The state Republican Party's main focus this year was changing the balance of power in the House of Delegates. Running on a campaign of "83 years is enough" and pointing to the longtime control of Democrats, the GOP pulled 64 of 100 seats in the state legislature's lower house. 

Editor's Note: Keep refreshing this page for the latest. For real time results, choose the races you would like to view with the links below or the ballot at the bottom of the page.

West Virginia State Senate  | U.S. Senate & House  |  West Virginia House of Delegates

U.S. Senate & House   | Live Blog  |  West Virginia House of Delegates

Click on each district for more information. Also, be sure to refresh the page for the latest results.

U.S. Senate & House  |  Live Blog  | West Virginia State Senate

Click on each district for more information. Also, be sure to refresh the page for the latest results.

Twitter is an increasingly powerful tool for communication and news gathering. This election, the company has provided an analytical look at the political conversation in each state leading up to Tuesday, November 4.

So take a look at who's tweeting about politics in West Virginia and what they have to say:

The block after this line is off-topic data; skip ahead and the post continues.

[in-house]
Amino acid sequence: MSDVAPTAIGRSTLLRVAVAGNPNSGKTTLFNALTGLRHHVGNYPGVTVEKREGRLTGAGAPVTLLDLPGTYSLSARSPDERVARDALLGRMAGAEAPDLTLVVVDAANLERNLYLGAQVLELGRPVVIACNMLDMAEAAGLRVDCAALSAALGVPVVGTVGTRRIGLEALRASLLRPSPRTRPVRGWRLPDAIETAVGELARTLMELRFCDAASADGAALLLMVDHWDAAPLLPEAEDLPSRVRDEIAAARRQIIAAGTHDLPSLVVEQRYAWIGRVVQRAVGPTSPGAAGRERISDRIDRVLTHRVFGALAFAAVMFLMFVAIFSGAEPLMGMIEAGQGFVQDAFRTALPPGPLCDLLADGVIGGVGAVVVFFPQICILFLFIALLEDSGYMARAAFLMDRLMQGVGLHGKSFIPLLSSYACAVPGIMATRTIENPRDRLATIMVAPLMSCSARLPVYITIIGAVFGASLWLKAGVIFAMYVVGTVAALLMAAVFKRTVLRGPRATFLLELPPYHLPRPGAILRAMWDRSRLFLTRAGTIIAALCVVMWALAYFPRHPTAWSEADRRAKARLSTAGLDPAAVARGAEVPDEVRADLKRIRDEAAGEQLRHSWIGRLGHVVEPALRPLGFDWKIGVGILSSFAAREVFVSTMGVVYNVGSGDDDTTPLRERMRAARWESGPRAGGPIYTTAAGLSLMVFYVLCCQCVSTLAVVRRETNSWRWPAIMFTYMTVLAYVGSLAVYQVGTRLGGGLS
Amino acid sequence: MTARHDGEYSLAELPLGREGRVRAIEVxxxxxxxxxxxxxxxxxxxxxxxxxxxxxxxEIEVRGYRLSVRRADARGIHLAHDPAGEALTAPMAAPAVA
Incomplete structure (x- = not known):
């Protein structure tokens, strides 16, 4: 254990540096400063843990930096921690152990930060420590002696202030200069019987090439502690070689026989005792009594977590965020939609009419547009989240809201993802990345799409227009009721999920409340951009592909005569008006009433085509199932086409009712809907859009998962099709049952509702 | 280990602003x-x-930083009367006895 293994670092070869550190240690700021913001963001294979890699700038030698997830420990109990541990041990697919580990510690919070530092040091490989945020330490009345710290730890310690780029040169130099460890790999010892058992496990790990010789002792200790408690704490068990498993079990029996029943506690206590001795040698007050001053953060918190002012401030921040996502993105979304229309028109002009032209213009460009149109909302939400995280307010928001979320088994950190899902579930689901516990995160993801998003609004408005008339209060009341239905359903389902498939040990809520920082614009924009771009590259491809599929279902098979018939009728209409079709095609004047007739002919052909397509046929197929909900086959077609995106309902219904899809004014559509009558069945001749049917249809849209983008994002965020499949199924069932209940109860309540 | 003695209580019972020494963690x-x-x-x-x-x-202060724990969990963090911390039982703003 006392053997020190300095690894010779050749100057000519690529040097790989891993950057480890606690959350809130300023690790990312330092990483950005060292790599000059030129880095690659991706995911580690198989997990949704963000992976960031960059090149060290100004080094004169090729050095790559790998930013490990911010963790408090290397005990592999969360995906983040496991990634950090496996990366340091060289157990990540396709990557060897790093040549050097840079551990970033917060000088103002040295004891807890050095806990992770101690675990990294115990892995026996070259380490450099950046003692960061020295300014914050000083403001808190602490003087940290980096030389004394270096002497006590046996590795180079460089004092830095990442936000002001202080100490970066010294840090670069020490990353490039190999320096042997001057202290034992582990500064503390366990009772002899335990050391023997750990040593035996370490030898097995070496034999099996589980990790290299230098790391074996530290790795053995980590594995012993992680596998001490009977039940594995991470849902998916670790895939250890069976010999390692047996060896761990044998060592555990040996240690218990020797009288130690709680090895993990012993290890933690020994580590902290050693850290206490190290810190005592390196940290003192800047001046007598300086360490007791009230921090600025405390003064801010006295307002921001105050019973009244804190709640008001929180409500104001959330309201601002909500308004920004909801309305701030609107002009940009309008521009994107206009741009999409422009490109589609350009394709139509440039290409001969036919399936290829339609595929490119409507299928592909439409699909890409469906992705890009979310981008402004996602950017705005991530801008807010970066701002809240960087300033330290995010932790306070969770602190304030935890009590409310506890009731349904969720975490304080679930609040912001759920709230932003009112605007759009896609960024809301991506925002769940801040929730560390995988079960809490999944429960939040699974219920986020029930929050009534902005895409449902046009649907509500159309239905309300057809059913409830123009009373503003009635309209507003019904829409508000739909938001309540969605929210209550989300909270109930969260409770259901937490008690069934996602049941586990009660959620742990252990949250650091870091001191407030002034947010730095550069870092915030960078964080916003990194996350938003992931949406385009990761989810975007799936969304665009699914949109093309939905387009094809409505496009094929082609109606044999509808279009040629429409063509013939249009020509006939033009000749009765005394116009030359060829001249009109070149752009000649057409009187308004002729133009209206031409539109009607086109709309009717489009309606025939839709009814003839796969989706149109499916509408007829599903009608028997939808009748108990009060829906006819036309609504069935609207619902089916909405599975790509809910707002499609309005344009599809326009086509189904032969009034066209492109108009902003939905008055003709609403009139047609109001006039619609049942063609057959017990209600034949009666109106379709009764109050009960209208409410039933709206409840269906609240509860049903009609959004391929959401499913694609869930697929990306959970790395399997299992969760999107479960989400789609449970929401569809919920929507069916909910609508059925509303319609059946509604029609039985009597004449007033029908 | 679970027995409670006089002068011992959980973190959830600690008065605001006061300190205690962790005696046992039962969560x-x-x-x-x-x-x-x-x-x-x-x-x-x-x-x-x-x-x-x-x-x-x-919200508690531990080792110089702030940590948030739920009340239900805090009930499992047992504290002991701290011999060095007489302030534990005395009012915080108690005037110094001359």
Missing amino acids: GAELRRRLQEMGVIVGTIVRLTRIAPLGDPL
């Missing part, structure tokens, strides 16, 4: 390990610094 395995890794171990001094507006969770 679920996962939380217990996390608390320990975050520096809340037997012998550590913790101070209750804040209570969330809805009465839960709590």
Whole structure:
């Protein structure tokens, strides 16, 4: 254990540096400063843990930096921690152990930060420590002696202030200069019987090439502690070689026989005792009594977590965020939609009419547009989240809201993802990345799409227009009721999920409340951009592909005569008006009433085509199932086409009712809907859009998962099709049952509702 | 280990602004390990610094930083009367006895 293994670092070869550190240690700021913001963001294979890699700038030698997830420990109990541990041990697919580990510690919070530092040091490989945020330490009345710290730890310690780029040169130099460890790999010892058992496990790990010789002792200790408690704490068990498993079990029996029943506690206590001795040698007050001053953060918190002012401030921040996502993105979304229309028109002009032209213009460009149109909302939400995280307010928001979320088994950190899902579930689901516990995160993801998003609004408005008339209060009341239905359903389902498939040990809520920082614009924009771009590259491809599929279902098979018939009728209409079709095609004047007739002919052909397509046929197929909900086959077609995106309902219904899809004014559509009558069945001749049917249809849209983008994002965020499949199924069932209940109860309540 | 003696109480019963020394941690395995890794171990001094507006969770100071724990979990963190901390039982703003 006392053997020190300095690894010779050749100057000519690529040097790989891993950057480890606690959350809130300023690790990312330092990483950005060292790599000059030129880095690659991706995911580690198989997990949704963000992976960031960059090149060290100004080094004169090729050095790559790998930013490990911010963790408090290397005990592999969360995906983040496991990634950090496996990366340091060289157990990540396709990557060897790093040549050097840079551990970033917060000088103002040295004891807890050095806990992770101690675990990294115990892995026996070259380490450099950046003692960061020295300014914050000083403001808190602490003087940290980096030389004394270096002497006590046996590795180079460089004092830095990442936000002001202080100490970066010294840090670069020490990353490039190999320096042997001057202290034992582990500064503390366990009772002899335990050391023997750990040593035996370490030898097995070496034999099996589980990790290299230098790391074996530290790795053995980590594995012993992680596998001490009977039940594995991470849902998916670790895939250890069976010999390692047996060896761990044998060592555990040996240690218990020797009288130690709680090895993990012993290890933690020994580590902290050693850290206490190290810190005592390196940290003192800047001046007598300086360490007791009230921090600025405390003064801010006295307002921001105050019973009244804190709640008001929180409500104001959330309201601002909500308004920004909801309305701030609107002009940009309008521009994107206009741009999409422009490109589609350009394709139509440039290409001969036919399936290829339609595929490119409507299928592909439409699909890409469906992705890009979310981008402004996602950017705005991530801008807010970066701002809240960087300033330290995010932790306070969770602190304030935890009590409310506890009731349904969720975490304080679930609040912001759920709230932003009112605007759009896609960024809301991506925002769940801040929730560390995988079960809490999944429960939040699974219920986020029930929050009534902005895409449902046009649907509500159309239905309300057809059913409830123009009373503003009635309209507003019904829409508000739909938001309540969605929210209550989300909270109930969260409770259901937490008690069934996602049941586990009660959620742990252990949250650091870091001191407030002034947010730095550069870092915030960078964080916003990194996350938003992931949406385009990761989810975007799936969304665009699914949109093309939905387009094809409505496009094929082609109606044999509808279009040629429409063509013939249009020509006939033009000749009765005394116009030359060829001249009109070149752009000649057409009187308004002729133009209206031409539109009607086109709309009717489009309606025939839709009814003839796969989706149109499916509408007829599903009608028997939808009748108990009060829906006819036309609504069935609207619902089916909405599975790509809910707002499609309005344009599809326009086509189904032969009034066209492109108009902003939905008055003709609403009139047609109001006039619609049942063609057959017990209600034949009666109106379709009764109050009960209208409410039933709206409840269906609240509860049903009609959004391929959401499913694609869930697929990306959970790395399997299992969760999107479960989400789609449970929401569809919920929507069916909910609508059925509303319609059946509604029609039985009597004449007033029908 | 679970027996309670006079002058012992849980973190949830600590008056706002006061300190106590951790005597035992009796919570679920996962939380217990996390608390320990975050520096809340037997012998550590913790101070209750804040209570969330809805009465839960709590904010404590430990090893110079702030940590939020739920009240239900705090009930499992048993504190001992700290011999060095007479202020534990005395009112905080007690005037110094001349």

Charleston-area native Ed Rabel spent more than three decades as a television news reporter, working for CBS and NBC. During his time at the networks, Rabel reported from around the world--stopping in locations like Cuba, Laos and Cambodia.

But in life after journalism and as a candidate for the U.S. House of Representatives in West Virginia's 2nd Congressional District, Rabel seems to embody fictional television news anchor Howard Beale, portrayed by Peter Finch in the 1976 film Network.

Sam Sepeciale / The Charleston Daily Mail

Secretary of State Natalie Tennant may have violated state law on Wednesday as she led a group to the Kanawha County Voter Registration office for early voting.

According to Kanawha County Clerk Vera McCormick, Tennant led a group of about 30 supporters to the courthouse Wednesday morning. She says members of the group cheered for Tennant for a brief moment and Tennant thanked them for their support. They then went inside to cast their ballots. 

State law prohibits any campaigning on the property of the county courthouse, any annex facilities or any other designated early voting locations. 

Tennant is running for the U.S. Senate seat soon to be vacated by retiring Sen. Jay Rockefeller.

Associated Press

Morgantown authorities are assessing damage from riots that broke out following West Virginia's 41-27 win over No. 4 Baylor.

Police Chief Ed Preston said Sunday that crowds pushed over street lights and threw rocks, beer bottles and other items at public safety personnel and their vehicles. Numerous fires were set in the student-dominated Sunnyside area and other parts of the city.

Preston says in a news release that police used pepper spray and chemical munitions to disperse the crowds. Police arrested several people on various charges.